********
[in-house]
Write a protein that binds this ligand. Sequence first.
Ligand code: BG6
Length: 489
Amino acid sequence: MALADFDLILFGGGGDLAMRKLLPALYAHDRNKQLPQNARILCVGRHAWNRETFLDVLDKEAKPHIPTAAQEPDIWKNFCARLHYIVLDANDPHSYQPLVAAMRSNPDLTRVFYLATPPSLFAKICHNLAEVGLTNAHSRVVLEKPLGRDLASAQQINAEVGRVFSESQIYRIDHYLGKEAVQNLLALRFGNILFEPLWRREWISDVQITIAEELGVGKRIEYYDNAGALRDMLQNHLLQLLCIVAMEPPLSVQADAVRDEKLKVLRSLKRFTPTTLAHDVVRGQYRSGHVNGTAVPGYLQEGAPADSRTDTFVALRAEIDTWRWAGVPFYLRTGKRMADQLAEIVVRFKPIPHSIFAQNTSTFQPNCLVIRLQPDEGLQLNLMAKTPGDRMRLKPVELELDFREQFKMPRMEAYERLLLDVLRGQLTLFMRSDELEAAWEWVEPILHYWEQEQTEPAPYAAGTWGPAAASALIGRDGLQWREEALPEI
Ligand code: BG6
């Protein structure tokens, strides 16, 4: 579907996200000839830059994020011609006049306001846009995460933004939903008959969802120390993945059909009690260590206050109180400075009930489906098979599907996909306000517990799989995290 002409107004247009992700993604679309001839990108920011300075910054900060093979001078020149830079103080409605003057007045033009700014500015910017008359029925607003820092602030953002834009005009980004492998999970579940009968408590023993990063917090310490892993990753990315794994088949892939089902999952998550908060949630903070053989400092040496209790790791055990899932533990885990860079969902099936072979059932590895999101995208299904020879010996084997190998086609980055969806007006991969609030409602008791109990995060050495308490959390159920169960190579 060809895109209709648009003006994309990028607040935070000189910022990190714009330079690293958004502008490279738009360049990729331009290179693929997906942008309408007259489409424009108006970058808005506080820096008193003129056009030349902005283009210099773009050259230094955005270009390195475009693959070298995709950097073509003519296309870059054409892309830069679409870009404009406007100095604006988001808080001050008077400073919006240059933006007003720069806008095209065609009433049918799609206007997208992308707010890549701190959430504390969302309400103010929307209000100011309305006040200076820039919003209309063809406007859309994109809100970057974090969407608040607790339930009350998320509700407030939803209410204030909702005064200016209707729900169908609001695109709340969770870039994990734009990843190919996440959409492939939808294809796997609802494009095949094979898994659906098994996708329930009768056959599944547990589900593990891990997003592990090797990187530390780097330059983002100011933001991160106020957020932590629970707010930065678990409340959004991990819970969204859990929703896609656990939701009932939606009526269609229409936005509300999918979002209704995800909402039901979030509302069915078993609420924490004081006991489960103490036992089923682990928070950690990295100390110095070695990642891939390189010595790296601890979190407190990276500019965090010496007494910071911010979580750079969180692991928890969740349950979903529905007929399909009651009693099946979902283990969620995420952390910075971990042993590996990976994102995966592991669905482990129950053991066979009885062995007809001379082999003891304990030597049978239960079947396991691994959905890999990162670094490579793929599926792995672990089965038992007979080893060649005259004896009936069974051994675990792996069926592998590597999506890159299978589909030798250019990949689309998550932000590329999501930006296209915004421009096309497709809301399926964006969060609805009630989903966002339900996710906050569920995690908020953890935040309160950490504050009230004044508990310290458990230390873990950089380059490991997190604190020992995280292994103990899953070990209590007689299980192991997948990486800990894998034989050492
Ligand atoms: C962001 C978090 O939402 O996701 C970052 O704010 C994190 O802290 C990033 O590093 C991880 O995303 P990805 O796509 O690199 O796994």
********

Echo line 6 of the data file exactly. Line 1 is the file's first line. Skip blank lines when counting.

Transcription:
Ligand code: BG6